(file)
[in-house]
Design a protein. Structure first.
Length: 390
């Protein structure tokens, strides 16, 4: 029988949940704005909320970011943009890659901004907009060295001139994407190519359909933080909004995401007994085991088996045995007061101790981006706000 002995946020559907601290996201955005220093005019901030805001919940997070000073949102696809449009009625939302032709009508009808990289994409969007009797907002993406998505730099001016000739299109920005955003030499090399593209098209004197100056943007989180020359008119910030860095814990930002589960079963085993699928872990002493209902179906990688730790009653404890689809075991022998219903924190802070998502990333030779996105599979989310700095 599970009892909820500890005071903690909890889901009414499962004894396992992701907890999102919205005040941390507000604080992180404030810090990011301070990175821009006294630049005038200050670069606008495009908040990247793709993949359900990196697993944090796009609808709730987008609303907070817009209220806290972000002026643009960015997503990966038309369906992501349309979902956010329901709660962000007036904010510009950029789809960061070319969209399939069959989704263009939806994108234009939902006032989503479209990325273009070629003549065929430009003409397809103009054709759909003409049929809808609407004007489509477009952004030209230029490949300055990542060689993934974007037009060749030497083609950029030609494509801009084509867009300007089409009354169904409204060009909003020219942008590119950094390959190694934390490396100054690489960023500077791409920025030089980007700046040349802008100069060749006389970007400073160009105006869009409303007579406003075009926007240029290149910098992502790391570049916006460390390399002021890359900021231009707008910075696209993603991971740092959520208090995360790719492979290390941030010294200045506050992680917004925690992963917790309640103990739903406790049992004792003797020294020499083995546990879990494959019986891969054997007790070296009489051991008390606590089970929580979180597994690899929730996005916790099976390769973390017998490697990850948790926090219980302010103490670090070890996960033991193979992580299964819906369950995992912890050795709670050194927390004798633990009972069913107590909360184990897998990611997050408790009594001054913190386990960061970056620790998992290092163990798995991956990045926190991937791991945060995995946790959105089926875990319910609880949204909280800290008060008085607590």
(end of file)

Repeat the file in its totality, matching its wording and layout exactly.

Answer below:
[in-house]
Design a protein. Structure first.
Length: 390
């Protein structure tokens, strides 16, 4: 029988949940704005909320970011943009890659901004907009060295001139994407190519359909933080909004995401007994085991088996045995007061101790981006706000 002995946020559907601290996201955005220093005019901030805001919940997070000073949102696809449009009625939302032709009508009808990289994409969007009797907002993406998505730099001016000739299109920005955003030499090399593209098209004197100056943007989180020359008119910030860095814990930002589960079963085993699928872990002493209902179906990688730790009653404890689809075991022998219903924190802070998502990333030779996105599979989310700095 599970009892909820500890005071903690909890889901009414499962004894396992992701907890999102919205005040941390507000604080992180404030810090990011301070990175821009006294630049005038200050670069606008495009908040990247793709993949359900990196697993944090796009609808709730987008609303907070817009209220806290972000002026643009960015997503990966038309369906992501349309979902956010329901709660962000007036904010510009950029789809960061070319969209399939069959989704263009939806994108234009939902006032989503479209990325273009070629003549065929430009003409397809103009054709759909003409049929809808609407004007489509477009952004030209230029490949300055990542060689993934974007037009060749030497083609950029030609494509801009084509867009300007089409009354169904409204060009909003020219942008590119950094390959190694934390490396100054690489960023500077791409920025030089980007700046040349802008100069060749006389970007400073160009105006869009409303007579406003075009926007240029290149910098992502790391570049916006460390390399002021890359900021231009707008910075696209993603991971740092959520208090995360790719492979290390941030010294200045506050992680917004925690992963917790309640103990739903406790049992004792003797020294020499083995546990879990494959019986891969054997007790070296009489051991008390606590089970929580979180597994690899929730996005916790099976390769973390017998490697990850948790926090219980302010103490670090070890996960033991193979992580299964819906369950995992912890050795709670050194927390004798633990009972069913107590909360184990897998990611997050408790009594001054913190386990960061970056620790998992290092163990798995991956990045926190991937791991945060995995946790959105089926875990319910609880949204909280800290008060008085607590």